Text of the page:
Bridgeport is the most populous city in Connecticut. Located in Fairfield County, the city had an estimated population of 144,229 at the 2010 United States Census and is the core of the Greater Bridgeport area. The city is part of the Greater New York City Combined Statistical Area and the fifth largest city in New England (behind Boston, Worcester, Providence and Springfield.) Bridgeport is the center of the 48th largest urban area in the United States, just behind Hartford (47th). Other than Black Rock and parts of Brooklawn which were originally part of the township of Fairfield, Bridgeport was originally a part of the township of Stratford.
The first English settlement on the West Bank of the mouth of the Pequonnock River was made somewhere between 1639 and 1665 and was called Pequonnock. The village was renamed Newfield sometime before 1777. More people settled further inland and to the West and the area officially became known as Stratfield in 1701, likely due to its location between the already existing towns of Stratford and Fairfield. During the American Revolution, Bridgeport was a center of privateering. In 1800, Newfield village was chartered as the borough of Bridgeport, and in 1821 the township of Bridgeport, including more of Stratfield, was incorporated. Bridgeport was chartered as a city in 1836.
Bridgeport's early years were marked by residents' reliance on fishing and farming. The city's location on the deep Newfield Harbor fostered a boom in shipbuilding and whaling in the mid-19th century, especially after the opening of a railroad to the city in 1840.The city rapidly industrialized in the late-19th century, when it became a manufacturing center. It produced such goods as the famous Bridgeport milling machine, brass fittings, carriages, sewing machines, brassieres, saddles, and ammunition. Bridgeport annexed the village of Black Rock and its busy harbor in 1870.
Government and Politics
The city is governed by the mayor council system. There are twenty members of the city council elected from districts. Each district elects two members. The mayor is elected by the entire city.Bridgeport is notable for having had a Socialist mayor for 24 years; Jasper McLevy served as mayor from 1933 to 1957. A more recent mayor, Joseph Ganim, was involved in a corruption scandal, as has been the case with some other mayors in Connecticut. In June 2006, Mayor John M. Fabrizi admitted that he had used cocaine while in office.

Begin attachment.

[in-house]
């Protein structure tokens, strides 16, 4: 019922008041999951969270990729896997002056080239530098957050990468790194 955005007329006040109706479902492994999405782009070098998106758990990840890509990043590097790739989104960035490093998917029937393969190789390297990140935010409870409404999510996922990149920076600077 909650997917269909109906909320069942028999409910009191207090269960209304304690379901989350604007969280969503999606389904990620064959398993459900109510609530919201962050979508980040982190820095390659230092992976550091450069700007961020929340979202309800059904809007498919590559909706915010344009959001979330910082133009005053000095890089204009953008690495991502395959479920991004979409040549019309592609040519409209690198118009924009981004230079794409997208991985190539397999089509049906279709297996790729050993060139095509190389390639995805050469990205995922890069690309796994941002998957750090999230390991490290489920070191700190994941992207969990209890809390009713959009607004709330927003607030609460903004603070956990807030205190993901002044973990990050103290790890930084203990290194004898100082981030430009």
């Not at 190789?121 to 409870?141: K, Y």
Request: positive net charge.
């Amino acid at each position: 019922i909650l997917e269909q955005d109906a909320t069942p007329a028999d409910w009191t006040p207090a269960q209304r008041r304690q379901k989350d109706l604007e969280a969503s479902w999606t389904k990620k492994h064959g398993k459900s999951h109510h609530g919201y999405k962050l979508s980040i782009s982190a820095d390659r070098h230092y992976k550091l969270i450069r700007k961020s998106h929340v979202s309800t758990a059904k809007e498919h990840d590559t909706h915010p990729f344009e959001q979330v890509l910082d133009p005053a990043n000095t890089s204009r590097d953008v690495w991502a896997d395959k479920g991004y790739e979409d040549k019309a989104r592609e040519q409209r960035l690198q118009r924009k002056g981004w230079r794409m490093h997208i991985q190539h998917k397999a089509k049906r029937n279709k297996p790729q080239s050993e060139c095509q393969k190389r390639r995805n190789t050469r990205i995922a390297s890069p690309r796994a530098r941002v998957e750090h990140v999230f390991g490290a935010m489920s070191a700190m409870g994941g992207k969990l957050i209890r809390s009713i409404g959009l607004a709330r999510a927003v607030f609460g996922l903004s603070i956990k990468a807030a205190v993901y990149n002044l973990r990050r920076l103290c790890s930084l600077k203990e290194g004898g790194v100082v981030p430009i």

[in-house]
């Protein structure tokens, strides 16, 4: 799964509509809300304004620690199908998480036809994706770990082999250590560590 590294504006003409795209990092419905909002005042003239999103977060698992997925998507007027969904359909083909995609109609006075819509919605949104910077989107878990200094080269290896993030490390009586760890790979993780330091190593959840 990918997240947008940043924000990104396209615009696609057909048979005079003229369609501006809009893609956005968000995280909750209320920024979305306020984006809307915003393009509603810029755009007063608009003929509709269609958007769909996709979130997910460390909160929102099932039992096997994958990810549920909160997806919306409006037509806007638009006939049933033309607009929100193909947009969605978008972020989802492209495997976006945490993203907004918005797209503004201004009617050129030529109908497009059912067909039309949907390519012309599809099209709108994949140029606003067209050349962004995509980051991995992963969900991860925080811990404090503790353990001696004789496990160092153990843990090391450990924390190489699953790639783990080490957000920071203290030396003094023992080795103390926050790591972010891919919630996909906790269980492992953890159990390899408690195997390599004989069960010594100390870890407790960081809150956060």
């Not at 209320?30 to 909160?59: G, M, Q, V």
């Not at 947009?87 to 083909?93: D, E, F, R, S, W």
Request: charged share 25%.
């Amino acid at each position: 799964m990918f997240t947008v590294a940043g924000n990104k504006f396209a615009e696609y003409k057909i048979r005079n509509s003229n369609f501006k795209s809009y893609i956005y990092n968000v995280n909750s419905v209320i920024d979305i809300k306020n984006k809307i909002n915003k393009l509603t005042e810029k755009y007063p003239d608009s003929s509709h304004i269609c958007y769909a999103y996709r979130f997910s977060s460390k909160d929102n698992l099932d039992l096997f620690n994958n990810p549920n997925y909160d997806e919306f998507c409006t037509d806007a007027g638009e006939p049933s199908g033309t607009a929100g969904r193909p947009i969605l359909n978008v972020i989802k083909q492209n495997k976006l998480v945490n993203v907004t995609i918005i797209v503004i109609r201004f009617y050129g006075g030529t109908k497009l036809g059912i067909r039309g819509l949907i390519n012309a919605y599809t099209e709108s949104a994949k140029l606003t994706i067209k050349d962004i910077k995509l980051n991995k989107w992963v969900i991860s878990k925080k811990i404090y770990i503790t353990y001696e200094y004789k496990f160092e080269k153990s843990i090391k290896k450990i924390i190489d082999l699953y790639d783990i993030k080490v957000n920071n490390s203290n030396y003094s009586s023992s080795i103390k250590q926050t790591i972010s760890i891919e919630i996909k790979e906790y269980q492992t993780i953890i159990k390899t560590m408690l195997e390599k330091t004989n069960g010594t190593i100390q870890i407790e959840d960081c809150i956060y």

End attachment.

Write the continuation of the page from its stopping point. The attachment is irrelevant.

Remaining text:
Theater and Music
Bridgeport has a number of venues for live theater and music events, ranging from intimate performing spaces to a stadium hosting rock concerts.
Music Festivals and Concert Series
- Downtown Cabaret Theatre – cabaret, children's theater, concerts.
- Playhouse on the Green – (228 seats) theater with plays and varied musical events.
- Klein Memorial Auditorium – (1,400 seats) home to the Greater Bridgeport Symphony, touring shows and concerts.
- Webster Bank Arena – Sporting events venue, but also hosts large concerts.
Bridgeport has been the annual home to Gathering of the Vibes, a weekend long arts, music and camping festival featuring some of the best names in festival talent. In 1999, 2000, and 2007 through 2010, thousands of people have come from all over the World
to camp in Seaside Park and enjoy such talent as Buddy Guy, Bob Weir and Ratdog, Deep Banana Blackout, Les Claypool, Assembly of Dust, Dirty Dozen Brass Band, Los Lobos and Bridgeport's own The Alternate Routes.
Bridgeport is also the home of the Black Rock Art Center, a multi-cultural center that presents performing artists from Africa
, the Caribbean and the Americas both at the Art Center and also in a Summer Sounds of the World concert series. The series has featured such artists as blues musician James Cotton, Grammy-award winner Eddie Palmieri, the Cambodian Angkor Dance Company, salsa master Larry Harlow, and folk artists Richie Havens and Odetta. The Art Center features a world music series, a cabaret series, the Black Rock Blues Festival, in addition to cinema, gallery, and educational programs.